Watch past educational presentations and see live events in real time
Reference our medication guides for helpful information
Make a choice that matters
The best care starts with the best information
Have you seen the Division Director toolkit?
Henoch Schönlein Purpura (HSP) is a type of vasculitis, which means inflammation of the blood vessels. The classic symptom of HSP is a red to dark purple rash, called “purpura”, which is often most severe on the legs and buttocks. Other symptoms include painful swelling around the joints and abdominal pain. Many children with HSP recover completely, but up to one-third of patients can develop kidney disease. Treatment depends on the individual child’s symptoms. Monitoring for kidney disease plays an important role in early detection and treatment if this complication happens.
In North America, HSP is the most common form of vasculitis in children. It is most common in ages 3-15 years and is more common in boys than girls. It rarely occurs in adults. HSP can occur at any time of the year, though it is more common in the winter.
The exact cause of HSP is unknown. In some patients, the symptoms start after an upper respiratory tract infection or cold, but HSP is not contagious. In patients with HSP, the person’s own immune system attacks blood vessels in the skin, intestines, joints, and kidneys. Inflammation in the blood vessel wall leads to bleeding into the skin, which causes the rash of HSP. Bleeding into the stool and urine can also occur.
There is no specific test to diagnose HSP. It is diagnosed based on recognition of the classic symptoms, and exclusion of other conditions that can cause a similar rash. In many children with a classic rash, minimal testing is needed to establish a diagnosis of HSP. The rash is necessary for the diagnosis of HSP but is not always the first symptom to appear. When joint pain, swelling, or abdominal pain start before appearance of the rash, diagnosis can be challenging.
Tests in children with suspected HSP depend on the patient, but might include the following:
Most children with HSP do not require any specific treatment and recover with time alone. Joint pain can often be controlled with rest and over-the-counter medications such as acetaminophen, ibuprofen, or naproxen. Steroids given by mouth or through an IV infusion are typically given for severe abdominal pain. Your doctor can discuss if steroids would be necessary in your child.
Many children with HSP can be managed by their primary care provider (a general pediatrician or family practitioner). If symptoms are severe or additional expertise is needed, a rheumatologist can help evaluate and treat a child for HSP.
One of the most important parts of HSP management is monitoring for kidney disease. Temporary blood or protein in the urine is common. Children with worsening urinary findings like high blood pressure or rising creatinine (a blood marker of kidney function) should be seen by a nephrologist (kidney doctor). A biopsy may be needed to assess for kidney disease. Some children with kidney involvement will need treatment with long-term immune-suppressive medications to prevent kidney failure.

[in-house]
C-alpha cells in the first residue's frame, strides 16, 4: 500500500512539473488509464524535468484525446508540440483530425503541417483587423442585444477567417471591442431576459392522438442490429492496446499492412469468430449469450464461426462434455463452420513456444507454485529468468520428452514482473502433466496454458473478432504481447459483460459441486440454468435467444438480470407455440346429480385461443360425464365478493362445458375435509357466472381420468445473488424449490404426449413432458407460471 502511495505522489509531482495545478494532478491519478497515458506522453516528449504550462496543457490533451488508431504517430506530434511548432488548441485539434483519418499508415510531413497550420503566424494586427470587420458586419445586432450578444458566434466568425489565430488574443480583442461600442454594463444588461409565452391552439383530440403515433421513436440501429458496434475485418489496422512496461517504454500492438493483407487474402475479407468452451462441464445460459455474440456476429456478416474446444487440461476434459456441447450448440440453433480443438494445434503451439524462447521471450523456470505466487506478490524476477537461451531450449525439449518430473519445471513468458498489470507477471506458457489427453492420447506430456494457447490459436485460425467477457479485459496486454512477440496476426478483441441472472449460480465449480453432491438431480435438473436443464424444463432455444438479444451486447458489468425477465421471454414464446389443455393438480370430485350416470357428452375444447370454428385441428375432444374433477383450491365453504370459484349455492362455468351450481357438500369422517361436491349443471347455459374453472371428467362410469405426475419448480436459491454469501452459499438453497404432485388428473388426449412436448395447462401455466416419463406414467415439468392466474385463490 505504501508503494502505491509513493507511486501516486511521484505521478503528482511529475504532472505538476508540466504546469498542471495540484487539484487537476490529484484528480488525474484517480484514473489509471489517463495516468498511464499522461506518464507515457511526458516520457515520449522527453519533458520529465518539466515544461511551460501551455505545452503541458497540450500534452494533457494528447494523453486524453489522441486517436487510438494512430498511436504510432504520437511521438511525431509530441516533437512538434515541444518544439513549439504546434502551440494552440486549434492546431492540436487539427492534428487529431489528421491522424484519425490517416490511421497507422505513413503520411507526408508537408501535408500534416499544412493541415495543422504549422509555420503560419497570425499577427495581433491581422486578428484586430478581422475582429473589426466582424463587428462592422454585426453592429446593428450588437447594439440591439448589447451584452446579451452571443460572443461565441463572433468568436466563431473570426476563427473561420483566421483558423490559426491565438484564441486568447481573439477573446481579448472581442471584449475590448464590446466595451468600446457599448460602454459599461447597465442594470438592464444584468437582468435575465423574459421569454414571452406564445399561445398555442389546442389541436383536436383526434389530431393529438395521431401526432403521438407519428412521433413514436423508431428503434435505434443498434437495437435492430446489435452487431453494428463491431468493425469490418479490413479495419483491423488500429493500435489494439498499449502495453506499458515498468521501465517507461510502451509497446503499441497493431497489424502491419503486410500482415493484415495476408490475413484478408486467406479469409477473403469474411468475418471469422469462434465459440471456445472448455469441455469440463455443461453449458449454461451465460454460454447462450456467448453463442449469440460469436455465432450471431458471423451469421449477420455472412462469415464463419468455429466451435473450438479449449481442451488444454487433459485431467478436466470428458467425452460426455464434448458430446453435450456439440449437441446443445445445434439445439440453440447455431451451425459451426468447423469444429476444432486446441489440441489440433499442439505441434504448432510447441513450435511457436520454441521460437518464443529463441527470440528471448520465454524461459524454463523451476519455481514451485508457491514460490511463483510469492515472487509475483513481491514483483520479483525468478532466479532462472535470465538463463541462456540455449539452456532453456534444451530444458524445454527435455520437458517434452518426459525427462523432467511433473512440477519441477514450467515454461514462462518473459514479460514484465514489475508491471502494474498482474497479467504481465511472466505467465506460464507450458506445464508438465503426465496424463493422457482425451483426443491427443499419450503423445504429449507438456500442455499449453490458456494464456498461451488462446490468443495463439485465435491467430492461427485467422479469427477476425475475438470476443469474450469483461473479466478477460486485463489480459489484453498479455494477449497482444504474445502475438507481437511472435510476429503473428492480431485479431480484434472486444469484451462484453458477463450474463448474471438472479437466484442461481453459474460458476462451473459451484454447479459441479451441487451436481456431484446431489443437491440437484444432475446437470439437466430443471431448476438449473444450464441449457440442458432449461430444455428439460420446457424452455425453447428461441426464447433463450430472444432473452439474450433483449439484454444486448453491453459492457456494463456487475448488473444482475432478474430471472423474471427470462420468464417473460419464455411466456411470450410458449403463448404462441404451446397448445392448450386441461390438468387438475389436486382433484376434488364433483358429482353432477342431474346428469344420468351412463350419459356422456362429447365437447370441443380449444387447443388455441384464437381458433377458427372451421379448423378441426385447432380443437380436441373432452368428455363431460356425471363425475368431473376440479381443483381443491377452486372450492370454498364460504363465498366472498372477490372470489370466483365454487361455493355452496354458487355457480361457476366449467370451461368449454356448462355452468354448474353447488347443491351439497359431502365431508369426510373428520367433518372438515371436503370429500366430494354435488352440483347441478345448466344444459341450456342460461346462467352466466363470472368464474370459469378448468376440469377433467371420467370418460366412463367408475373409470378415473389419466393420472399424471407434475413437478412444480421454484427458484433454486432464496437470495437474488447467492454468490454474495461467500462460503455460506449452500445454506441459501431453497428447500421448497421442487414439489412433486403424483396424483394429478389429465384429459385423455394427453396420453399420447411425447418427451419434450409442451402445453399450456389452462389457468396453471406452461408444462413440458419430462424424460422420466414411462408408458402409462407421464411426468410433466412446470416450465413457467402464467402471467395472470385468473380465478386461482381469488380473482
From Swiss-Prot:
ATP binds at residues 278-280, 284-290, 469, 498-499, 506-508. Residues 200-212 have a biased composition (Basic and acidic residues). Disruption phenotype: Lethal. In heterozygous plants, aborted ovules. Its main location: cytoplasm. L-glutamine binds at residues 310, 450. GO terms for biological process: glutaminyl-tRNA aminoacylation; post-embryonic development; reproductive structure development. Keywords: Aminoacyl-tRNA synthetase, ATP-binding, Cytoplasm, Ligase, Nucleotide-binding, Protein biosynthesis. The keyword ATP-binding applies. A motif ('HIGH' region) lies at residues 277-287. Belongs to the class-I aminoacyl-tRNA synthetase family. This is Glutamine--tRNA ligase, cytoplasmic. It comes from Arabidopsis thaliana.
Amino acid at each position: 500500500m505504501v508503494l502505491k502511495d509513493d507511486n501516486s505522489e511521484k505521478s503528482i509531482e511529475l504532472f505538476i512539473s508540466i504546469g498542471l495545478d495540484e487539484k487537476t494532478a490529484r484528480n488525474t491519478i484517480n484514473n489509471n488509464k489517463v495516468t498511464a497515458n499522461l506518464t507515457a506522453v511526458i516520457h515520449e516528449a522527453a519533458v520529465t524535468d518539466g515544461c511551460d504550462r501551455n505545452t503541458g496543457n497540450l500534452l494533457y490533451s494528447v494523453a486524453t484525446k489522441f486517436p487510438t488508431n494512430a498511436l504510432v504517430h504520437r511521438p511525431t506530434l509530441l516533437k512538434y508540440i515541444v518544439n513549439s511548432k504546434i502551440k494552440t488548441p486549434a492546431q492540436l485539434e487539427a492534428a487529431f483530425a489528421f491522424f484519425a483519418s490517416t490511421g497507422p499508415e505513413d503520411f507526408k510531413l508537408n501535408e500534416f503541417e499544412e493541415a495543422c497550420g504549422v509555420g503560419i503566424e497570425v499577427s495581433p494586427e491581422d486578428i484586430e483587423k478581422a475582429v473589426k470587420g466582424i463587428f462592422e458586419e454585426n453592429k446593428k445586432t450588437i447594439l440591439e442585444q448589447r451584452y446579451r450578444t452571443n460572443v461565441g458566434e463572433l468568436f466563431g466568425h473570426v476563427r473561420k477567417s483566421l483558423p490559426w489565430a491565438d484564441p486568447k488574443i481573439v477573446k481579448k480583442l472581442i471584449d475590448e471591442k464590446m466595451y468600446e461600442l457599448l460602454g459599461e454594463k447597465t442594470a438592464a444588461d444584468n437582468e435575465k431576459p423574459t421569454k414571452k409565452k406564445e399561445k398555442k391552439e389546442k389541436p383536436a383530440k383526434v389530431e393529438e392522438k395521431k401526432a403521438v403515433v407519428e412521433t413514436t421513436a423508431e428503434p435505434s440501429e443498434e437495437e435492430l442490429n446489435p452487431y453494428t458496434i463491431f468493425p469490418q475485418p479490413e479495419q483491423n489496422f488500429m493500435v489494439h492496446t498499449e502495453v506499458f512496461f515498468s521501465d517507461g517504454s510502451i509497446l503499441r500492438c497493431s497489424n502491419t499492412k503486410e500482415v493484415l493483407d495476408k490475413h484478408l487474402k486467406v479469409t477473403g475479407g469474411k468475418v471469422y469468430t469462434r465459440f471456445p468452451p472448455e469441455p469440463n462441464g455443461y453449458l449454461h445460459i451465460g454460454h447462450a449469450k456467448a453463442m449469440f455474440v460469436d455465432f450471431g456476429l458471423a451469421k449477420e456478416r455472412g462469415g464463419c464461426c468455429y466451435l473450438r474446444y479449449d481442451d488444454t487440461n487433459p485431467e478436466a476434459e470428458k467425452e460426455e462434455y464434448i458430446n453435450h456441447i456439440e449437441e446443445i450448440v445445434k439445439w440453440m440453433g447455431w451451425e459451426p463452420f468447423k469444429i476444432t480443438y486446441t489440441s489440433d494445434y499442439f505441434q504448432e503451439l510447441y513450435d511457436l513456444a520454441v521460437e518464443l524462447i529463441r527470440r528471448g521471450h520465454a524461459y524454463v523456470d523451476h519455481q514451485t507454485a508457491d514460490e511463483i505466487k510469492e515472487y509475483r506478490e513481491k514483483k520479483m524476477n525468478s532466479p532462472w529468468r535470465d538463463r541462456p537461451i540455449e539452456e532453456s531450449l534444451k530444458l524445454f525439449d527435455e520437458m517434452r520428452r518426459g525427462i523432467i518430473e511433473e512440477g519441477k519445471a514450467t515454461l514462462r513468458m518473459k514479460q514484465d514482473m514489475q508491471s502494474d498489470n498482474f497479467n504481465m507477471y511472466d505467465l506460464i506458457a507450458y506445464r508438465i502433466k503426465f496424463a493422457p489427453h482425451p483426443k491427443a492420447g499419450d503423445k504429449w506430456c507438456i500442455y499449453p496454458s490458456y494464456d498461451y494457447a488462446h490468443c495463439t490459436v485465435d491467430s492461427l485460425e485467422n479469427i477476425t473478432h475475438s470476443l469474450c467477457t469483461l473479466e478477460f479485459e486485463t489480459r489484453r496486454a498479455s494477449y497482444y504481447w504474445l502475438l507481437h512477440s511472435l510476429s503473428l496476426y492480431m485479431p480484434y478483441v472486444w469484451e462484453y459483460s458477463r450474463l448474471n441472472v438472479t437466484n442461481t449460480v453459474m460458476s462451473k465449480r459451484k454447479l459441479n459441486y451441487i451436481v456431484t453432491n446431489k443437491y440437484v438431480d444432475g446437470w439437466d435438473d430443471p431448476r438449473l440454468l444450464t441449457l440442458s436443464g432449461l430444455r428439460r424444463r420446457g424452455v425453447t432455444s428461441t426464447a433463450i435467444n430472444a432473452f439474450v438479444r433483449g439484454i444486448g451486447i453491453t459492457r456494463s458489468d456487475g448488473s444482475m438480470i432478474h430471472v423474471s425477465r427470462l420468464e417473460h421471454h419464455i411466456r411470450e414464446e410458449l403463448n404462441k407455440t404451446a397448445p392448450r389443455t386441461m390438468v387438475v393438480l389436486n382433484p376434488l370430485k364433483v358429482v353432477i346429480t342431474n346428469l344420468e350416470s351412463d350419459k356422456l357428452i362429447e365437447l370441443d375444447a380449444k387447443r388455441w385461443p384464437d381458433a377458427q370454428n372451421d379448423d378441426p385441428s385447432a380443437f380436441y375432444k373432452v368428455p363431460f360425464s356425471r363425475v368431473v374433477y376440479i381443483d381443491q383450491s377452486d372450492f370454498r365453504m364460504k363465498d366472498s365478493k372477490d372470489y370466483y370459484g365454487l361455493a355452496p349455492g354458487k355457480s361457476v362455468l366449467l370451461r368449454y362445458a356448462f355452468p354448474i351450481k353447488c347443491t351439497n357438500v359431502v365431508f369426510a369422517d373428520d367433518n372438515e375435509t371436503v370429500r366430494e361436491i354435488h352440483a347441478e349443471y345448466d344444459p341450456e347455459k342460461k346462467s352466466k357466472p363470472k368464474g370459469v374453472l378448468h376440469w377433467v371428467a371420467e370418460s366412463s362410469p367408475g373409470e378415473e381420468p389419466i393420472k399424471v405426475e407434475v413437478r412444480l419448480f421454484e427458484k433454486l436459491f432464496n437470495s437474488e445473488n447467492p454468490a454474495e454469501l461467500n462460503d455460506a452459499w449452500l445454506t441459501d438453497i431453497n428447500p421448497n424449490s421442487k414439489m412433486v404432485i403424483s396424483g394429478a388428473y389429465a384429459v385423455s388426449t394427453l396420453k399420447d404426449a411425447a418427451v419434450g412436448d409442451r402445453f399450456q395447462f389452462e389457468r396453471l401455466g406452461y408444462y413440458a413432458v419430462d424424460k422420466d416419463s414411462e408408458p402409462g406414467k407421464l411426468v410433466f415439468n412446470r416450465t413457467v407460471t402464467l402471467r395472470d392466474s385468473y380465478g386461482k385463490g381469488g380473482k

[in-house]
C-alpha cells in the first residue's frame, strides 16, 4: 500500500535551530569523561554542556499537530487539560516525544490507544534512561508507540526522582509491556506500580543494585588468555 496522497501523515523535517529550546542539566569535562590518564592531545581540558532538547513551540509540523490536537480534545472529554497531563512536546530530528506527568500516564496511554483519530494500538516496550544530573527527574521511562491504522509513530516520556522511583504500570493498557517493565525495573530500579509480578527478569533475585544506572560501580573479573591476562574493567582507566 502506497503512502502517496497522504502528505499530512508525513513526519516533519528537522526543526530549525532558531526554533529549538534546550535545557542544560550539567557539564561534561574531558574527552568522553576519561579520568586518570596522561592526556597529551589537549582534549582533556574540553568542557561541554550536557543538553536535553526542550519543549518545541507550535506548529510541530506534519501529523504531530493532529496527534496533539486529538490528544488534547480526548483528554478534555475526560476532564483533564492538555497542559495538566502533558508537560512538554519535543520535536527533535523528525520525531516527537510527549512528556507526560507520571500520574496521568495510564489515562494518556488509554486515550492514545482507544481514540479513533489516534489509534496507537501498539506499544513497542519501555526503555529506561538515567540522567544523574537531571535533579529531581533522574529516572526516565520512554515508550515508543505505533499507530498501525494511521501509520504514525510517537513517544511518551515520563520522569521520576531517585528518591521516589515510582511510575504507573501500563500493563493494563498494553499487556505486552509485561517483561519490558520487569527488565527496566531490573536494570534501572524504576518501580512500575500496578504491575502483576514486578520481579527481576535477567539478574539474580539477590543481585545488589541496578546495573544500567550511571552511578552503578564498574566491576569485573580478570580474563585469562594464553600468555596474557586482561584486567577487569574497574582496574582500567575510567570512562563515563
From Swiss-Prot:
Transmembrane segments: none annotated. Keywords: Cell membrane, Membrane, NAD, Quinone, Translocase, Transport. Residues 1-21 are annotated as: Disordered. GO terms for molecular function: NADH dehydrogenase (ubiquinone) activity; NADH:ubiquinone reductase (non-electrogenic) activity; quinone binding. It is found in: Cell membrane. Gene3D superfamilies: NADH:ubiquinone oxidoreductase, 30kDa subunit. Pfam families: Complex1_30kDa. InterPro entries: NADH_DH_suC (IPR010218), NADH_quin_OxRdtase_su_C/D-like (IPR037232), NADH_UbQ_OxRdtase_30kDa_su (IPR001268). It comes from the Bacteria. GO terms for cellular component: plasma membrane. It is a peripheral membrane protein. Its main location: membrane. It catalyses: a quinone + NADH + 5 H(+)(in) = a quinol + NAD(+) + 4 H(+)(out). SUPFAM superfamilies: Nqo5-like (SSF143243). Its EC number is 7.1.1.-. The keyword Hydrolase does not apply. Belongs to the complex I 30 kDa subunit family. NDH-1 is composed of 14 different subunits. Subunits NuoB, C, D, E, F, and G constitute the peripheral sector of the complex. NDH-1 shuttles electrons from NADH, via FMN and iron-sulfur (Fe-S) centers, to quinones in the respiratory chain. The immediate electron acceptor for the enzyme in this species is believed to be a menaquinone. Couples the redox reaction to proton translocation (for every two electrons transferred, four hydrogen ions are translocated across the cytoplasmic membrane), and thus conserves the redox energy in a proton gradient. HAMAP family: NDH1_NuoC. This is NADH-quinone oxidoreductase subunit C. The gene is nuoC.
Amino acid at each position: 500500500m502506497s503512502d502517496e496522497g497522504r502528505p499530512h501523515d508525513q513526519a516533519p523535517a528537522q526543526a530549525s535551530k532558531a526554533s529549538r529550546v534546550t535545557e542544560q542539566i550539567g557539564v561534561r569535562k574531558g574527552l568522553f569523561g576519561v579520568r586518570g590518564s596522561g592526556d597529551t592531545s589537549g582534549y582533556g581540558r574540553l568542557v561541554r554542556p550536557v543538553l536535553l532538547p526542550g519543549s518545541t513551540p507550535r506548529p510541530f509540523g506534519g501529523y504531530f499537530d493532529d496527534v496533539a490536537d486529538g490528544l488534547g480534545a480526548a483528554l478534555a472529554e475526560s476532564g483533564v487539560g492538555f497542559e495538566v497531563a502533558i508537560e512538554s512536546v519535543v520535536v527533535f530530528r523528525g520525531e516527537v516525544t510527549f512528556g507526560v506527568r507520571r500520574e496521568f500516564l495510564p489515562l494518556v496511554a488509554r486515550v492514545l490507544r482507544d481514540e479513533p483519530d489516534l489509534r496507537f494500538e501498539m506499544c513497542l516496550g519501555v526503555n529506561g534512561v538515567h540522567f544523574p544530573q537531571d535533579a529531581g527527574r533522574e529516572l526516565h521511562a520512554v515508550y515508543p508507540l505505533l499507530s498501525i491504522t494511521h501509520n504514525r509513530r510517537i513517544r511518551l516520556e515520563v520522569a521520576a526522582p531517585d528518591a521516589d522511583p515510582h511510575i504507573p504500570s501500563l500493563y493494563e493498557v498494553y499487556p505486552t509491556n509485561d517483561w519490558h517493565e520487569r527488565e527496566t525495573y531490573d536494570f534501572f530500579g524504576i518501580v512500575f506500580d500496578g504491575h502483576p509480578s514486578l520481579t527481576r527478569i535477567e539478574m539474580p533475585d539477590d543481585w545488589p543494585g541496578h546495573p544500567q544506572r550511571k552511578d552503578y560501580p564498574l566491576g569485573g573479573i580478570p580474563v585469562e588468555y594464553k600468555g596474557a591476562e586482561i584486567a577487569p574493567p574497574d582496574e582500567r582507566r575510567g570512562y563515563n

Most children with HSP have resolution of symptoms within a few weeks to months and recover completely. Even though HSP is usually a short-lived illness, having HSP can be stressful for children and families. The appearance of the rash can be distressing to a child. Some children experience joint or abdominal pain intense enough to require admission to the hospital.
In the first weeks of HSP, activities may be limited by joint or abdominal pain. Once these symptoms improve, children can go back to enjoying school and the activities that they love. If your child returns to school while the HSP rash is still visible, the school and teachers should know that the rash is not contagious.
After HSP symptoms resolve, up to one-third of children have a recurrence, usually within the first few months. It is important for families to know recurrences are common, especially of the rash. Recurrences are often milder and shorter than the first episode.
Urine screening and monitoring of the blood pressure is recommended for at least six months after the initial diagnosis, so it is important to follow the screening instructions provided by your doctor. Monitoring should happen weekly for at least six weeks after the diagnosis. Early detection of kidney problems is important to treat and prevent chronic kidney problems.
Written March 2019 by the Pediatric Rheumatology Special Committee, and reviewed by the American College of Rheumatology Communications and Marketing Committee.
This information is provided for general education only. Individuals should consult a qualified health care provider for professional medical advice, diagnosis and treatment of a medical or health condition.